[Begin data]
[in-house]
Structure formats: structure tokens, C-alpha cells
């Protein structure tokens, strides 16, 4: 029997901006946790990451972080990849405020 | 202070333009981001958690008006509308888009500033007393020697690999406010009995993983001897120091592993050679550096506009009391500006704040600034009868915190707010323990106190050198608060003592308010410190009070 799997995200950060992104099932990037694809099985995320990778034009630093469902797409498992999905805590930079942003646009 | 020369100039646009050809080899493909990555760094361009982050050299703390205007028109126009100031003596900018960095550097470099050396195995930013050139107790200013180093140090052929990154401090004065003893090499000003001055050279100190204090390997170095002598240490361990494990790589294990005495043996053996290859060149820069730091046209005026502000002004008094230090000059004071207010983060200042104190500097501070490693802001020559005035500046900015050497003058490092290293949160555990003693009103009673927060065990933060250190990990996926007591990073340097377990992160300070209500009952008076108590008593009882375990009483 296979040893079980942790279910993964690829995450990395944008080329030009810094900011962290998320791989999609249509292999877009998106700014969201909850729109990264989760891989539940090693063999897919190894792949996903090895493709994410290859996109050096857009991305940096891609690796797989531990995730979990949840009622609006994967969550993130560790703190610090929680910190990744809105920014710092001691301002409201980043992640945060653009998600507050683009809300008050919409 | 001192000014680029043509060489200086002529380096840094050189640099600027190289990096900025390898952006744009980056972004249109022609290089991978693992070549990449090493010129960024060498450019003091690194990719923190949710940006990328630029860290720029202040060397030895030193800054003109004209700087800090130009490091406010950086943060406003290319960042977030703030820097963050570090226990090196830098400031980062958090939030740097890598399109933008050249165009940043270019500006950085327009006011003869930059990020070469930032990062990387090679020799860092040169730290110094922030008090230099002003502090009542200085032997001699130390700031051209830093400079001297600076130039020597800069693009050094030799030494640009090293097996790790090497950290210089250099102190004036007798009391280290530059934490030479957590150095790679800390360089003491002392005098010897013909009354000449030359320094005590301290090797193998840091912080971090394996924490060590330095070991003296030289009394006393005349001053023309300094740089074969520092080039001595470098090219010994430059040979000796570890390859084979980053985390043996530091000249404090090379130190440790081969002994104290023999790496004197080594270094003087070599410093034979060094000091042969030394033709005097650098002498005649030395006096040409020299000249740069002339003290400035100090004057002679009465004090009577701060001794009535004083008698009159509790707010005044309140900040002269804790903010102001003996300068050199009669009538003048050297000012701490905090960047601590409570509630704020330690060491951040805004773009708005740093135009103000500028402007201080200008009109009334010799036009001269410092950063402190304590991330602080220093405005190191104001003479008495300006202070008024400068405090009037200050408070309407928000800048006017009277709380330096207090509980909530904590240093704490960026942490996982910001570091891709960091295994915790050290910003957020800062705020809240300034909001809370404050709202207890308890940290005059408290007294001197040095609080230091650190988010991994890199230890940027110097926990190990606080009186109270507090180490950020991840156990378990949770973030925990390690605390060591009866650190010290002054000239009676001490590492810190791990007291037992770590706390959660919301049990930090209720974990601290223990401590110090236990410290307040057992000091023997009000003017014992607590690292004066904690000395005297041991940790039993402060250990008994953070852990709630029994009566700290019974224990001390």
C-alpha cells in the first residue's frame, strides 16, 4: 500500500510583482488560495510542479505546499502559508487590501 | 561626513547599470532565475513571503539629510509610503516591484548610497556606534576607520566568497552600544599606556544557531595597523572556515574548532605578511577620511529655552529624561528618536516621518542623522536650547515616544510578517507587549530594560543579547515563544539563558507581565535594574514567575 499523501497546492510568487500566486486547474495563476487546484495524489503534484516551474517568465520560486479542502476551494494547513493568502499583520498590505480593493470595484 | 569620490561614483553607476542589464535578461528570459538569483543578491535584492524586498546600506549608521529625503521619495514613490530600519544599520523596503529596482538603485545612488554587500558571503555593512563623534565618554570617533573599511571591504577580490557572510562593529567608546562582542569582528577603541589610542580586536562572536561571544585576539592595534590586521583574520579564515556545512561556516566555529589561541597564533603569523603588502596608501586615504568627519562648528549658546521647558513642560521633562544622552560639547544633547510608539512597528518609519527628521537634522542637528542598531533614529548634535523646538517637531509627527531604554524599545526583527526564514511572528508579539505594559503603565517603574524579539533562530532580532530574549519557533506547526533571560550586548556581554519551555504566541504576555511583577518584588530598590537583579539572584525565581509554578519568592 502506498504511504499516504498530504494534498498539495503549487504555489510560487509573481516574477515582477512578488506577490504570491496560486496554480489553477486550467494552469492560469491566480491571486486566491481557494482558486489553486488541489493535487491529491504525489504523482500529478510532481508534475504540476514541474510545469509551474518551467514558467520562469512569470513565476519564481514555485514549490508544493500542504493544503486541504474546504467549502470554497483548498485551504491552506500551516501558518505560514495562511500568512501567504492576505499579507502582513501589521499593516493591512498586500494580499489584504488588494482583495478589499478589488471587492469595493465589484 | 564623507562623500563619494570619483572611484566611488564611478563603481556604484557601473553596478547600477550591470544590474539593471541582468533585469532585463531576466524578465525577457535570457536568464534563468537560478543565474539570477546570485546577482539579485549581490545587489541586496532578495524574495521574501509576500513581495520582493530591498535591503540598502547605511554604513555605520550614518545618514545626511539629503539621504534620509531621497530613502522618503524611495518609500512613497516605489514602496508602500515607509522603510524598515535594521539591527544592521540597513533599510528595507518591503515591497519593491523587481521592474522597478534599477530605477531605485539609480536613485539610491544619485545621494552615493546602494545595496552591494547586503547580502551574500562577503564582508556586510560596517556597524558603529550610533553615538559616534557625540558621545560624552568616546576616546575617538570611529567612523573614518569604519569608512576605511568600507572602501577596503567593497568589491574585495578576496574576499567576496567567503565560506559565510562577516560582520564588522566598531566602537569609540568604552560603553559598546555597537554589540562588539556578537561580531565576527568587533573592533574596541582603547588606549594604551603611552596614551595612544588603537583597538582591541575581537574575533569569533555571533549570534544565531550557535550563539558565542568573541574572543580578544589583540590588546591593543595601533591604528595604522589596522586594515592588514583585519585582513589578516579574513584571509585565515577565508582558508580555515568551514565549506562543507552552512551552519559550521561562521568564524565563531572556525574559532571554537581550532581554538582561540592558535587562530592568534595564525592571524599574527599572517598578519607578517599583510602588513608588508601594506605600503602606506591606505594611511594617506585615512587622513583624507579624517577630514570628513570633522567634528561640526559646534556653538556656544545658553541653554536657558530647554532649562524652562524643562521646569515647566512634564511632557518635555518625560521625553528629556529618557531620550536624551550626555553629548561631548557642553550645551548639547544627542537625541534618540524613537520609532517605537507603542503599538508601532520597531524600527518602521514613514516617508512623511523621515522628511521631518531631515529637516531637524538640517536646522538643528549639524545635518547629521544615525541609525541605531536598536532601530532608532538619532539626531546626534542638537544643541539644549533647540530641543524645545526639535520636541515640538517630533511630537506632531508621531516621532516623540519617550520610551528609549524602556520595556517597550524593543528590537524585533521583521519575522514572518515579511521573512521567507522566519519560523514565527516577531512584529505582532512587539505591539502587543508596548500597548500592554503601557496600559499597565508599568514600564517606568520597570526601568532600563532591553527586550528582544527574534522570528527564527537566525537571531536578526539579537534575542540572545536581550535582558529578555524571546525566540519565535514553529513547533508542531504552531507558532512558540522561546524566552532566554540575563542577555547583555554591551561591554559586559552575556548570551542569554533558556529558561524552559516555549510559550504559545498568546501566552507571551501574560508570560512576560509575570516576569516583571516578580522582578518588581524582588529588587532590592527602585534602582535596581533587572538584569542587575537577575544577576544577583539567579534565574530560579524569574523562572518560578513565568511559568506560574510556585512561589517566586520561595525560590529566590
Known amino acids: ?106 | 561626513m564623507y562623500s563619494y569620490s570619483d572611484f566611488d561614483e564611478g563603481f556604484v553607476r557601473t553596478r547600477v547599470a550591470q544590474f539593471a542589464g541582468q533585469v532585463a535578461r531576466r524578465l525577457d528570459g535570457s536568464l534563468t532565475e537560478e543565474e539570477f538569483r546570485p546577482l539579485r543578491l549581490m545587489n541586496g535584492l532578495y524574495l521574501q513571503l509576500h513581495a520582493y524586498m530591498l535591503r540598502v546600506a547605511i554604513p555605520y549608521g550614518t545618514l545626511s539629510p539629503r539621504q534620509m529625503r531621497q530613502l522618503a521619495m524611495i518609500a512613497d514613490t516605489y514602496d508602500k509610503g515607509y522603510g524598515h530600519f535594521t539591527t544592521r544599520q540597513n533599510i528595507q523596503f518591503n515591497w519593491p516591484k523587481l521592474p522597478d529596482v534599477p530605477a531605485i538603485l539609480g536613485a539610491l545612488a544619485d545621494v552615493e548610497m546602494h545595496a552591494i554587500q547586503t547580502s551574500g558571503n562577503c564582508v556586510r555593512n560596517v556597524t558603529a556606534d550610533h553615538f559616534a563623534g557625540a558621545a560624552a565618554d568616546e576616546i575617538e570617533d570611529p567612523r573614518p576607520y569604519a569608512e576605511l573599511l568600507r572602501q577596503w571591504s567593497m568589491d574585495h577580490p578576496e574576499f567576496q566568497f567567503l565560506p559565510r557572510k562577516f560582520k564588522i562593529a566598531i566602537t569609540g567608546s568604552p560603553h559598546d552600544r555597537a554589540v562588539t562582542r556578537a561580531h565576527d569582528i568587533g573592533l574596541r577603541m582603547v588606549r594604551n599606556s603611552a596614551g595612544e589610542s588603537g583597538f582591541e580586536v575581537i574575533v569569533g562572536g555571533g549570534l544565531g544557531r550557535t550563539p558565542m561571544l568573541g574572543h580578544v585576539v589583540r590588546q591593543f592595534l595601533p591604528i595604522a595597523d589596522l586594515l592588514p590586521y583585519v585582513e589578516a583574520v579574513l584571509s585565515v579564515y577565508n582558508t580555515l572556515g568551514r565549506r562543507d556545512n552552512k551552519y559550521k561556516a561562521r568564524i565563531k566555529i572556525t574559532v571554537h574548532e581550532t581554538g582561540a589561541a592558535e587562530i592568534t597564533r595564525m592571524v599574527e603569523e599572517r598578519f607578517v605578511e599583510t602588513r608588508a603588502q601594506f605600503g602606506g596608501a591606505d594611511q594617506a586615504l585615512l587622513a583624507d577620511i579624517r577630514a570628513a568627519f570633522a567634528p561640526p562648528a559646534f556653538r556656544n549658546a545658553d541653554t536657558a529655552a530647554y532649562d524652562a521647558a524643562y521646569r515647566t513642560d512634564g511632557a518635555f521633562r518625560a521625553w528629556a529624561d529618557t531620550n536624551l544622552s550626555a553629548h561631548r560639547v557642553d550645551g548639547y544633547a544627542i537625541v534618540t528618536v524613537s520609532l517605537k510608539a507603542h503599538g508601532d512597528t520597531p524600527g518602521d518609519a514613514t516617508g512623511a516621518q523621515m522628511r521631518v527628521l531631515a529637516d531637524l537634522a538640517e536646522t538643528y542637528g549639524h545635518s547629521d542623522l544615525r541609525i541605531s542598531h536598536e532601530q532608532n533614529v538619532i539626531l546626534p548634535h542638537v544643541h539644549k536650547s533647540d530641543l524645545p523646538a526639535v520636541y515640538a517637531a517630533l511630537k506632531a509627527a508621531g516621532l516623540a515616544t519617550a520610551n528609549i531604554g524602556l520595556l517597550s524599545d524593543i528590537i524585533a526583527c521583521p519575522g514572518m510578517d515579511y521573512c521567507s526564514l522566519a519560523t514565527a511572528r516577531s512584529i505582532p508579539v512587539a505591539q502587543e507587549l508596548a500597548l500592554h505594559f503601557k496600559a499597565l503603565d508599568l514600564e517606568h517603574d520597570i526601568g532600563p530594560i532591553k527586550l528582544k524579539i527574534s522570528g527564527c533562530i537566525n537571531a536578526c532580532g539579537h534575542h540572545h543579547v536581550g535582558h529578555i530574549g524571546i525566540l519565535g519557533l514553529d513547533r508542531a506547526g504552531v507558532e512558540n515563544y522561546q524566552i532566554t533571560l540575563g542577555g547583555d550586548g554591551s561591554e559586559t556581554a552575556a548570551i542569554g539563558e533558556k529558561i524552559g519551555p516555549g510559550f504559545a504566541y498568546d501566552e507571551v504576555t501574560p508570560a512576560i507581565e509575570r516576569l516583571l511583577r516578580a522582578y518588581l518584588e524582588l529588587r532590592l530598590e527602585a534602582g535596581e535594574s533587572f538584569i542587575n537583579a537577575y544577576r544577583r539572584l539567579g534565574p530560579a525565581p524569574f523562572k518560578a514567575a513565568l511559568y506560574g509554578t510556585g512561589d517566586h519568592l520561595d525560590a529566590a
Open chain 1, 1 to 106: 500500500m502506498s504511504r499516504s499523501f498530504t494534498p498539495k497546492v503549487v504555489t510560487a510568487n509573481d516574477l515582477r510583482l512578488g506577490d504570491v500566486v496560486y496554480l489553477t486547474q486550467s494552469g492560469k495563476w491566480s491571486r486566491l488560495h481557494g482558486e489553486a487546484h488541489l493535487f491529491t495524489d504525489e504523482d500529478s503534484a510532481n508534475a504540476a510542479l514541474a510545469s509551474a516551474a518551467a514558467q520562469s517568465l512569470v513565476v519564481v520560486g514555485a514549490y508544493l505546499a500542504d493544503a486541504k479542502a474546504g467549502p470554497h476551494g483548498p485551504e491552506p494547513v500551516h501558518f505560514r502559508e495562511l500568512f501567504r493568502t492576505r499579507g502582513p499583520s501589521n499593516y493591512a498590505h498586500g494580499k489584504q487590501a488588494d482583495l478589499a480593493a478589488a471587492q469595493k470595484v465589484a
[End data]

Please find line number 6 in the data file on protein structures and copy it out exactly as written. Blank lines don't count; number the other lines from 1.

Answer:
Open chain 1, 1 to 106: 500500500m502506498s504511504r499516504s499523501f498530504t494534498p498539495k497546492v503549487v504555489t510560487a510568487n509573481d516574477l515582477r510583482l512578488g506577490d504570491v500566486v496560486y496554480l489553477t486547474q486550467s494552469g492560469k495563476w491566480s491571486r486566491l488560495h481557494g482558486e489553486a487546484h488541489l493535487f491529491t495524489d504525489e504523482d500529478s503534484a510532481n508534475a504540476a510542479l514541474a510545469s509551474a516551474a518551467a514558467q520562469s517568465l512569470v513565476v519564481v520560486g514555485a514549490y508544493l505546499a500542504d493544503a486541504k479542502a474546504g467549502p470554497h476551494g483548498p485551504e491552506p494547513v500551516h501558518f505560514r502559508e495562511l500568512f501567504r493568502t492576505r499579507g502582513p499583520s501589521n499593516y493591512a498590505h498586500g494580499k489584504q487590501a488588494d482583495l478589499a480593493a478589488a471587492q469595493k470595484v465589484a